The small village of Demen is located in the northeastern quarter of Germany, about 25 miles from the Baltic shoreline, 45 miles from Rostock and 55 miles from Lübeck, both port towns on the Baltic sea. You can reach the display by car here. Access to the former NVA complex, now called Evita complex, is via the road L091, to the west of Demen.

One of the many hangars in the Evita complex hosts the collection, and the memorabilia rooms are in an adjoining building. Opening times are very limited (basically in the weekends), but this is due to the fact that they coincide with volunteers’ gatherings. On the plus side, you are likely to see at some vehicles running.

For interested subjects a time of 1 hour may be the minimum for a visit to the static display, if no vehicles are moving around. If there are live displays, or volunteers to interview, you may spend there 2 hours or more.

German is obviously the main language spoken (and often times the only option in this part of Germany), but English is nonetheless understood and spoken by some of the volunteers. Website here.

 

War Museums in Moscow

People visiting Moscow from abroad usually spend much of the time in the Kremlin and the nearby districts, where they can find many cultural attractions, as well as fashion stores, great hotels and restaurants. Among the features of Russia’s capital city less known to the average tourist are the many monuments and museums dedicated to war history, which in some cases host extremely interesting exhibitions and artifacts from various ages, which would tell the visitor as much as the most prominent attractions in town.

Three I could visit in person are cited in this post, all of them easily reachable with the usual metro rail in a few minutes from the downtown.

The following photographs were taken during a visit to Moscow in September 2015.

Central Museum of the Armed Forces

This is a purely Soviet installation Cold War buffs will definitely like very much… Despite the old-fashioned website – which after all contributes to the picture of a Soviet-state-owned company… – the building was built following WWII, better known in Russia as the Great Patriotic war of  1941-1945. On the outside, besides the entrance there are a missile and a tank. Once inside you immediately find yourself in a large two-levels hall, dominated by a sculpture of Lenin and a huge mosaic wall, plus paintings of battles and other war-themed scenes all around.

From soon after your arrival, you get to grips with the only real ‘problem’ of this installation, where – just like many others touristic sights in Russia – everything – including the escape plan in the event of fire… – is written in Russian only. So, from the viewpoint of history, you’d better go prepared if you want to get the most from this exhibition, for you won’t find any understandable written information, unless obviously you understand some Russian.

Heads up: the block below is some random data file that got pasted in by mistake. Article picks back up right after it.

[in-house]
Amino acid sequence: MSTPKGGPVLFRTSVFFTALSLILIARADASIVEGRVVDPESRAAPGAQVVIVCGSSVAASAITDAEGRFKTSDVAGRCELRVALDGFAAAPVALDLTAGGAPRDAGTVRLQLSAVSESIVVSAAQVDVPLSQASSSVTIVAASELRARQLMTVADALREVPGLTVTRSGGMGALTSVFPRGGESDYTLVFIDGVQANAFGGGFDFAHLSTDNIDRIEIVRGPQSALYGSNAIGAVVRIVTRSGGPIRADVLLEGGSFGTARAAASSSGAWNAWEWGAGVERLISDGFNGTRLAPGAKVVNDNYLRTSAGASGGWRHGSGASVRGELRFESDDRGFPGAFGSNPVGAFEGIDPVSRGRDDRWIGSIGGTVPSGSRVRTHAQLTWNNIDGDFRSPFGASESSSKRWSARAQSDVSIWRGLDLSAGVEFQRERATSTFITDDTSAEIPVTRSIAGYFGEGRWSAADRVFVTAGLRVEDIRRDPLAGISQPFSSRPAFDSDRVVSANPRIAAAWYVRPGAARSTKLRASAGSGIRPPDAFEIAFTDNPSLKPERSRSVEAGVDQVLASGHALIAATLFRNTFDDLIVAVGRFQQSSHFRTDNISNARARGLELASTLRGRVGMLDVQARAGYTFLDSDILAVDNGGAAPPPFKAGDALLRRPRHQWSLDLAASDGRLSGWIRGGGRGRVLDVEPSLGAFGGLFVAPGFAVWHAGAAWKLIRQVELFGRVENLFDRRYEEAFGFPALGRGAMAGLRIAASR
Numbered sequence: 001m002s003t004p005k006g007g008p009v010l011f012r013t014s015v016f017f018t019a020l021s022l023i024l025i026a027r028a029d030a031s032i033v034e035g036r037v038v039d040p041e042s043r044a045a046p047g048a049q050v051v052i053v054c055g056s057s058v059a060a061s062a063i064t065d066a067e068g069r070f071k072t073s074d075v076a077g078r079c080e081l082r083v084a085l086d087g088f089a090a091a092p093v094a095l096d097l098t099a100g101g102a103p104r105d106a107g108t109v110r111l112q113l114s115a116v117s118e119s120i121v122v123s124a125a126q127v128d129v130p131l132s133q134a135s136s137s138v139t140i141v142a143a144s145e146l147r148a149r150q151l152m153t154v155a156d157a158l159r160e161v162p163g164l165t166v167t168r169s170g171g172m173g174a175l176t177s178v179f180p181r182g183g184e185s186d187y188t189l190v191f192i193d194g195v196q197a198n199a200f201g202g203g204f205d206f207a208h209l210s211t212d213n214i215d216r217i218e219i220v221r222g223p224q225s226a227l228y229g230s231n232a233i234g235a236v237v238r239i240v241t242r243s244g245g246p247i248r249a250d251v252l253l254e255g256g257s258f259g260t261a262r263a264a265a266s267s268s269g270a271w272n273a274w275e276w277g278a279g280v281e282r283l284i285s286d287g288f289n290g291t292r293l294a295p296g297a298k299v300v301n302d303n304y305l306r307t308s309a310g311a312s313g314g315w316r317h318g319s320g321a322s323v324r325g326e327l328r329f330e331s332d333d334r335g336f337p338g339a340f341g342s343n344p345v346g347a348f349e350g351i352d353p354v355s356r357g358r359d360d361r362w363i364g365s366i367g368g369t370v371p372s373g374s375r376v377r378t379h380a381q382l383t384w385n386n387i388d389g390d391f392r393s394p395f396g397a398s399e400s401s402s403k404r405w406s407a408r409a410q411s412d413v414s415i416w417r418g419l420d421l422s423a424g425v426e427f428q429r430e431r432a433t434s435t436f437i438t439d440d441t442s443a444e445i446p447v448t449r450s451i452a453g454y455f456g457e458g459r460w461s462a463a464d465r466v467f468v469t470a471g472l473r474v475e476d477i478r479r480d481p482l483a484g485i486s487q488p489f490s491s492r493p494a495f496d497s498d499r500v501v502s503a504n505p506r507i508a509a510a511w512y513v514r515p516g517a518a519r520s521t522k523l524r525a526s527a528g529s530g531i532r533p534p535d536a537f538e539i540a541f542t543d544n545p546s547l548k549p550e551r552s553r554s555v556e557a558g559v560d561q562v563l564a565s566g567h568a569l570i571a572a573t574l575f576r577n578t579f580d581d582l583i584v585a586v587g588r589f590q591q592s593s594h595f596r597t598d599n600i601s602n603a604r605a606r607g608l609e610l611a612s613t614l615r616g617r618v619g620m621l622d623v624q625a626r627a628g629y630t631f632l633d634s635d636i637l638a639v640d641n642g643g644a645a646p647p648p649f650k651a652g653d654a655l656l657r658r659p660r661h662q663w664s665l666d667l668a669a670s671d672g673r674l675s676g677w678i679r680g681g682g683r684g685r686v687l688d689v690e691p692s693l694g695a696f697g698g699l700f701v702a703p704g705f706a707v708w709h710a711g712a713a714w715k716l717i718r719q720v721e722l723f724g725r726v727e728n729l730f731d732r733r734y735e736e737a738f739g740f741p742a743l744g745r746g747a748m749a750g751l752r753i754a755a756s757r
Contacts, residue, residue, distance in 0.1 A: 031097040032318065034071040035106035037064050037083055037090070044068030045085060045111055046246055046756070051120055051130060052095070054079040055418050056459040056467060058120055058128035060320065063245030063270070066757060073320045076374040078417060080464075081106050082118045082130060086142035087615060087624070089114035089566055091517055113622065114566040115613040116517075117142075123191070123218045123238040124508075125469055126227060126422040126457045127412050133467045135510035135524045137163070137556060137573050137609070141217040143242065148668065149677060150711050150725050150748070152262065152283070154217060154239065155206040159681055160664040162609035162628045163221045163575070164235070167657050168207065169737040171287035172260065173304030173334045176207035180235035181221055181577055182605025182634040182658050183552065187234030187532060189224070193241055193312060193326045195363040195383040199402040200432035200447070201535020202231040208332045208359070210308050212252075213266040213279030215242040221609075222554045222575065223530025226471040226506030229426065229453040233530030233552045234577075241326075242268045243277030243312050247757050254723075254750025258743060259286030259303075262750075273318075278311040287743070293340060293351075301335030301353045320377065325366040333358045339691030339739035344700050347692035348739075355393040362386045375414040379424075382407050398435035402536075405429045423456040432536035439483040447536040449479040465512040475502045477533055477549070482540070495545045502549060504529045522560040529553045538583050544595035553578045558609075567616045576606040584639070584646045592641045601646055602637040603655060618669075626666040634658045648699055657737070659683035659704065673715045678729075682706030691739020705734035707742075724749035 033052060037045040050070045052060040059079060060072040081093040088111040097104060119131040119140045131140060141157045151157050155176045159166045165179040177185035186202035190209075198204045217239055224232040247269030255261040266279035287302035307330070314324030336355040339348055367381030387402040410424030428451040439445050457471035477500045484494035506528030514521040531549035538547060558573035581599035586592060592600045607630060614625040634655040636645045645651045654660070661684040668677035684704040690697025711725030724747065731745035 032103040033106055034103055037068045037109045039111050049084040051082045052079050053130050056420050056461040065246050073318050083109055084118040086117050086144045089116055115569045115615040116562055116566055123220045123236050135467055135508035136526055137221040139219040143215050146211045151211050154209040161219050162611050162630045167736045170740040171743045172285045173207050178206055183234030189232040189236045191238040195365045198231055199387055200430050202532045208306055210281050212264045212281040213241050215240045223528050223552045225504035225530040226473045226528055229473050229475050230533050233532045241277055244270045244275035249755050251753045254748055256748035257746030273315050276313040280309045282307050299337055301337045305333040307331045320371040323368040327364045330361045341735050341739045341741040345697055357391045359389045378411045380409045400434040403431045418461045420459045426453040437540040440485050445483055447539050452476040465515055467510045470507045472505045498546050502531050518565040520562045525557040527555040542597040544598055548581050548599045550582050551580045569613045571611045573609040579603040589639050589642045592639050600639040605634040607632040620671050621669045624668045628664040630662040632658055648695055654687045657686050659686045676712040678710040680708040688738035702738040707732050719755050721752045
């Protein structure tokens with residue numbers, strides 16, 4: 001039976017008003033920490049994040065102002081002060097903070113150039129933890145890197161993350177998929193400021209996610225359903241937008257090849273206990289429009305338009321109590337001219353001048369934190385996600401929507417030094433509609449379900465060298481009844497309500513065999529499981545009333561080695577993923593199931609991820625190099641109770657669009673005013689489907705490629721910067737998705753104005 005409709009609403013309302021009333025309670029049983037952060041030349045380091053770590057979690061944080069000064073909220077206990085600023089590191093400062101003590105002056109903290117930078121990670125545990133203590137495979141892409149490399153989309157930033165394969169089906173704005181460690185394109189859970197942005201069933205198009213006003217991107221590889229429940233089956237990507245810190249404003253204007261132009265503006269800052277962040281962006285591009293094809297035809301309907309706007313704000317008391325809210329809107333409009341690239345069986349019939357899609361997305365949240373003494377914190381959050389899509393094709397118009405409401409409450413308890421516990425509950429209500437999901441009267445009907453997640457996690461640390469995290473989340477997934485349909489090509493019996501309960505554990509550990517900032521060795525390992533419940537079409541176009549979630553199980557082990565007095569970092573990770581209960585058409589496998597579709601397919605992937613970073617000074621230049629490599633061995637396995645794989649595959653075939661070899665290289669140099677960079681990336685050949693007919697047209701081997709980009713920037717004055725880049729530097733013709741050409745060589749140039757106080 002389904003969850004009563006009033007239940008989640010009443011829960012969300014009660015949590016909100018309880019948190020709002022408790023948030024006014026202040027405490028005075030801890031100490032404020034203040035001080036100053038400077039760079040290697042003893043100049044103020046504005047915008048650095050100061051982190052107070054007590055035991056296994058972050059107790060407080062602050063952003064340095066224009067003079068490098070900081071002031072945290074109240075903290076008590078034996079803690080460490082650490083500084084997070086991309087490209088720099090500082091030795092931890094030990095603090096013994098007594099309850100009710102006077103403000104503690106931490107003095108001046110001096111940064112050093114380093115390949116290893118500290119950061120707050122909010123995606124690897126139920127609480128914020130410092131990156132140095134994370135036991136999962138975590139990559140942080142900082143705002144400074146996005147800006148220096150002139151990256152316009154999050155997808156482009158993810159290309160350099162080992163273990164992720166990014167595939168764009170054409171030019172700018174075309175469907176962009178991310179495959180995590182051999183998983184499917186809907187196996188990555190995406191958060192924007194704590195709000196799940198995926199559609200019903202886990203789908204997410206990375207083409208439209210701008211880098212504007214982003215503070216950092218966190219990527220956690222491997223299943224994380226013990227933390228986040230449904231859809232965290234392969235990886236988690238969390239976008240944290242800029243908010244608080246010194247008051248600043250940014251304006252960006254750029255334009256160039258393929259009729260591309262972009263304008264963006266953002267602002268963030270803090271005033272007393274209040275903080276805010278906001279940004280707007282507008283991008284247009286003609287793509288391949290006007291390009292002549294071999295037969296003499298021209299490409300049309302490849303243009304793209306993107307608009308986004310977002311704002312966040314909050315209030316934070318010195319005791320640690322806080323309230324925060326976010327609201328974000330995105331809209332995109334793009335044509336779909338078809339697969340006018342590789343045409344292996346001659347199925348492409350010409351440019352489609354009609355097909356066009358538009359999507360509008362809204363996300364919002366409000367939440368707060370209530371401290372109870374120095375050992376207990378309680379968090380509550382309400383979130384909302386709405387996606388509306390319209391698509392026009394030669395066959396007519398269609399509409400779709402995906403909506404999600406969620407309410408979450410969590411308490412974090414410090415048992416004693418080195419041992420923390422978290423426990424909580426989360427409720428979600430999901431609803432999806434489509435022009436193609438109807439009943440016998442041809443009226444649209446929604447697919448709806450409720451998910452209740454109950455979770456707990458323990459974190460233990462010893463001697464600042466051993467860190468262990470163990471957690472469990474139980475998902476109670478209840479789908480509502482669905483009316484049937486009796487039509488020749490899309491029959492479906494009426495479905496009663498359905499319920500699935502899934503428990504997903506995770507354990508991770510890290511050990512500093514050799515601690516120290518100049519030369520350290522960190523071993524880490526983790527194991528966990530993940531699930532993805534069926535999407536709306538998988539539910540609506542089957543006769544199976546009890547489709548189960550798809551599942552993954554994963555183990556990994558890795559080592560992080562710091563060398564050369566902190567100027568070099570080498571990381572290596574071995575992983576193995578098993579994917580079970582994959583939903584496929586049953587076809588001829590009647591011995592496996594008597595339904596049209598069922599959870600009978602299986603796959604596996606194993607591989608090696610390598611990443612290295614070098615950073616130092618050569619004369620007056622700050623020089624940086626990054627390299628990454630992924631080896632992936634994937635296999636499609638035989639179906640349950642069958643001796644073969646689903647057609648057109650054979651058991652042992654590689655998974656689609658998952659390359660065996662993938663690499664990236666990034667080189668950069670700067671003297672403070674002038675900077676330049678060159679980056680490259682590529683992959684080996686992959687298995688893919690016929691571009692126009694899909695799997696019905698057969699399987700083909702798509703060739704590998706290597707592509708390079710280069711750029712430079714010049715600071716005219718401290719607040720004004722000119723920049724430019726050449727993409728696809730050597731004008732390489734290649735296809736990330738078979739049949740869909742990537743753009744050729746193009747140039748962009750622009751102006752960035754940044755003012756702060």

There are several halls in the museum, related to historical moments from WWI up to the present day. A first notable room presents a lively reconstruction of a WWI trench fight, with lights and sounds.

The path through the museum follows the course of history, including the revolution, which put an end to WWI for Russia. Then follows WWII. I have to say I never found a collection of Nazi artifacts so rich as the one preserved here in any other place I visited. Literally hundreds of items, from propaganda posters to flags and banners, weapons, medals, papers,… Also present in due quantity are flags and banners of the Soviet Union, as well as Soviet uniforms, weapons and medals from the age of WWII.

Probably the most notable items from the time are the red banner raised on the Reichstag in Berlin – the corresponding b/w photograph is today one of the symbols of the end of WWII – and an original metal eagle with a swastika, probably taken from the Reichstag or the Reichkanzlei. The flag and the eagle are put together in a kind of monumental installation in a large central hall, celebrating the victory of the Soviet Union in the Patriotic War.

An old coat and a hat belonging to Stalin are also part of the exhibition.

Moving on to the Cold War period, a first focus is on the early history of the Soviet atomic program, leading to the detonation of the first nuclear asset in 1949, and to the testing by the Soviets of the largest thermonuclear device ever. Many models and some documentation are available – I could not understand the details, in that occasion I really regretted having no knowledge of Russian! The development of strategic missiles is covered next, including the much connected race to space.

The highlight of this part of the exhibition – at least for western visitors – may be the wreck of Francis Gary Powers’ aircraft, downed in 1959 by a SAM, basically a Soviet invention, during an illegal flight over the territory of the USSR ordered by the CIA. A large part of the fuselage and of the wings can be seen, with technical labels in English. Also part of the ejectable seat and other parts of this Lockheed U-2 are packed together somewhat inelegantly. Some original papers and maps the pilot had with him at the time of the accident are exhibited, together with many photographs. Extremely interesting.